Editorial Comment

Smacking down SLAPPs


A SLAPP is a strategic lawsuit against public participation.

Meritless lawsuits designed to silence free speech with the power of the pocketbook can be a problem for newspapers like The Riverdale Press. They can also be a problem for you.

If you speak out at public meetings, hand out flyers, or even drive a hard campaign against a political opponent, you are vulnerable to anybody who has enough money to hire a lawyer and make you hire one, too.

But, you may say, the First Amendment protects free speech. It’s true, to be found liable for defamation you need to say something false and be found “grossly irresponsible” in how you arrived at the misstatement of fact. If your speech is against a public figure, you must know or suspect that what you are saying is untrue.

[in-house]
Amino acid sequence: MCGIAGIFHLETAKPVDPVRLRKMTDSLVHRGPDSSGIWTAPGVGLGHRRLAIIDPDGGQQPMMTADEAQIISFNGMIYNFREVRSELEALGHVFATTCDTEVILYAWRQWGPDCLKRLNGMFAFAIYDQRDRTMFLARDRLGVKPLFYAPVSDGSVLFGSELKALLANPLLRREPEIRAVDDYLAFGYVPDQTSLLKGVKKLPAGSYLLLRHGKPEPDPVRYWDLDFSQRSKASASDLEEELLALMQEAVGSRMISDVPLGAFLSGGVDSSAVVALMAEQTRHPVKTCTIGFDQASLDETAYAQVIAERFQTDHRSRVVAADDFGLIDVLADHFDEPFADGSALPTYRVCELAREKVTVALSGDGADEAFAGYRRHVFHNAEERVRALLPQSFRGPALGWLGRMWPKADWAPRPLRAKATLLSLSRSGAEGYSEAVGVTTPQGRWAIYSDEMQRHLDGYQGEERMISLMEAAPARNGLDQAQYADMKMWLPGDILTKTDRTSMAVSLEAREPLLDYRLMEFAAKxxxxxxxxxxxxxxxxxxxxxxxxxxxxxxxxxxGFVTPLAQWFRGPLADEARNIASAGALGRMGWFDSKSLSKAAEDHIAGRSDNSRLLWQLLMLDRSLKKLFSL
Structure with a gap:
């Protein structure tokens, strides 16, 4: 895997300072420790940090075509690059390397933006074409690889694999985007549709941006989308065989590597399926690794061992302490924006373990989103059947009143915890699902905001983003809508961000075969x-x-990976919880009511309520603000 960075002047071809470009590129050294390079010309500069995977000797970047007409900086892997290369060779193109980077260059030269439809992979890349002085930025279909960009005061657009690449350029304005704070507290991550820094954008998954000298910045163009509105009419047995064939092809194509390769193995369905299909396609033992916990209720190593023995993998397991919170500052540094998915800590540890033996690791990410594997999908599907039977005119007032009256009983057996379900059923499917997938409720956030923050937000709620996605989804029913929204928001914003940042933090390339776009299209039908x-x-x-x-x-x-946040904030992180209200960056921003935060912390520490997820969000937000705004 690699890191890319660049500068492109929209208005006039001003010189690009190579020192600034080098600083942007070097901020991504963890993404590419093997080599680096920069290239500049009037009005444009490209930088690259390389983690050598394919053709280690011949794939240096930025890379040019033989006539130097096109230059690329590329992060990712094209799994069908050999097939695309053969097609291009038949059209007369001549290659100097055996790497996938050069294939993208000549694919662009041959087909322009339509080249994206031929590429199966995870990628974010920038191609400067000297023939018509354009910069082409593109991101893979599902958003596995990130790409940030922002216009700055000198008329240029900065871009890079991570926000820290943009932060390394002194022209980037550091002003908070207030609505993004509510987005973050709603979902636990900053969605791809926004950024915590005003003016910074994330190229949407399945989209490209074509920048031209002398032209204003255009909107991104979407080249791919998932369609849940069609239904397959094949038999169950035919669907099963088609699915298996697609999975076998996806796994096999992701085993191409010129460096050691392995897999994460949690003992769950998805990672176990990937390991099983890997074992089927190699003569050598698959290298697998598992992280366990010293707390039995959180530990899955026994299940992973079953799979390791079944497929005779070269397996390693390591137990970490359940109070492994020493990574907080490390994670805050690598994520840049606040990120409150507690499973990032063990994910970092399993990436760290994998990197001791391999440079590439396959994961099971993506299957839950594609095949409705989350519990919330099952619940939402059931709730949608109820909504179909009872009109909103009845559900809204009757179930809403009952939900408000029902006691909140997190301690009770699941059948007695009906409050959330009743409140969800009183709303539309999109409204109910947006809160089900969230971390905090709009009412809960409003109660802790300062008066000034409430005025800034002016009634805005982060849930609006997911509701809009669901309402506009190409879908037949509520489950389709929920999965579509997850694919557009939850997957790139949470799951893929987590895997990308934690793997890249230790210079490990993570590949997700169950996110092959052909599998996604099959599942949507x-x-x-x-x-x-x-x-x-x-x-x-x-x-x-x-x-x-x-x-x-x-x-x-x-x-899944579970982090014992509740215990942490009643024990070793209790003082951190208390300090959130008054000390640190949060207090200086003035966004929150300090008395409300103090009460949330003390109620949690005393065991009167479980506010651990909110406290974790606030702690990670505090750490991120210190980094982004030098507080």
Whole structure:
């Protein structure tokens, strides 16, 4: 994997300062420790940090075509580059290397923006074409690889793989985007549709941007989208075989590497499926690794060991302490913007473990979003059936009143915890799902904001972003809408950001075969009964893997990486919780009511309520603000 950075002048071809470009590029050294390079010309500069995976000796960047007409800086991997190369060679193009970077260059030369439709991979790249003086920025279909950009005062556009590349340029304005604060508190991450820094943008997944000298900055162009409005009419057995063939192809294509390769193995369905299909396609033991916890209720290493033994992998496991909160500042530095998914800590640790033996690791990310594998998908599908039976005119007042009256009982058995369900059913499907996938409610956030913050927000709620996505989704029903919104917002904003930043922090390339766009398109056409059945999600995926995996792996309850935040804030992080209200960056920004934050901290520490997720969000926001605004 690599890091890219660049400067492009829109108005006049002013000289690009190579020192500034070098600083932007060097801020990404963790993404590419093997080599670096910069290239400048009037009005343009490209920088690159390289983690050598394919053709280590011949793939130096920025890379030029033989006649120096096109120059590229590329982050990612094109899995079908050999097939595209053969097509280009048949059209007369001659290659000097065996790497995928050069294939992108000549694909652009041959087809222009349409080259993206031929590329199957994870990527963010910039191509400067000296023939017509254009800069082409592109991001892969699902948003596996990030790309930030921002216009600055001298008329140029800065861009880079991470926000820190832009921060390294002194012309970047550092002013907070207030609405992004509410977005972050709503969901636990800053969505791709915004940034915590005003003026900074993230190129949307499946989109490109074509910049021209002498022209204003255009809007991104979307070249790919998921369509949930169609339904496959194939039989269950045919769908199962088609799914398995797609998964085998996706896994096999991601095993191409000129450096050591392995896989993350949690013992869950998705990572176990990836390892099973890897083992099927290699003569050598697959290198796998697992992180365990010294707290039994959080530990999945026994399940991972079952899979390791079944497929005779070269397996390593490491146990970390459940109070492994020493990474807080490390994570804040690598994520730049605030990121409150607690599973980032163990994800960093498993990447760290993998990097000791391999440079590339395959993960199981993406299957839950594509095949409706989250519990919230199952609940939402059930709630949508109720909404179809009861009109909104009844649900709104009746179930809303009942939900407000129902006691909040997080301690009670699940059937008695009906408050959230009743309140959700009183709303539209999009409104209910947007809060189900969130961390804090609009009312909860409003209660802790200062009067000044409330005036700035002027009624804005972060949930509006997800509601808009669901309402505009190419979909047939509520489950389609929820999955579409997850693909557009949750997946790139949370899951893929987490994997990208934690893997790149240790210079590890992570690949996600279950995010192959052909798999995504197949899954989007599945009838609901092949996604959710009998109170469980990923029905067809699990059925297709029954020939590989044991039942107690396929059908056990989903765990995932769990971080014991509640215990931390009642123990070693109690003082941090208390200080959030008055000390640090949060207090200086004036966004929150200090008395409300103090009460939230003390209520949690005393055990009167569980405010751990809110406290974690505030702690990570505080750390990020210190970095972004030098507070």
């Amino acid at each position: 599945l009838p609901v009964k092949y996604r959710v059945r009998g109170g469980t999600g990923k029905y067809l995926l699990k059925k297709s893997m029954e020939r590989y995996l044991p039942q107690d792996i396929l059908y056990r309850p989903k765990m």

In either case, opinions don’t count, neither does the truth, even if it’s harmful.
None of that matters when you’re slapped with a SLAPP.

Even if you win, you lose your weight in gold — because in New York State, you are unlikely to recover attorney’s fees and the only way you’ll get the case dismissed under the state’s anti-SLAPP statute is if the entity suing you is a “public applicant or permittee” and the claim against you is for “action involving public petition and participation.”

That means if your child blogs in his or her spare time, if you comment on news stories on the Web, if you happen to make anybody with deep pockets angry for any reason, you are not protected under the state’s anti-SLAPP law.

That doesn’t mean that you, or we, should stop speaking out. It means Albany should amend the law to protect us against the chilling effect of SLAPPs. Because they are meritless, these lawsuits are not designed to win but rather to silence speech and make naysayers think twice before opening their mouths. Small newspapers and individuals are the most likely to be on the receiving end of these legal claims.

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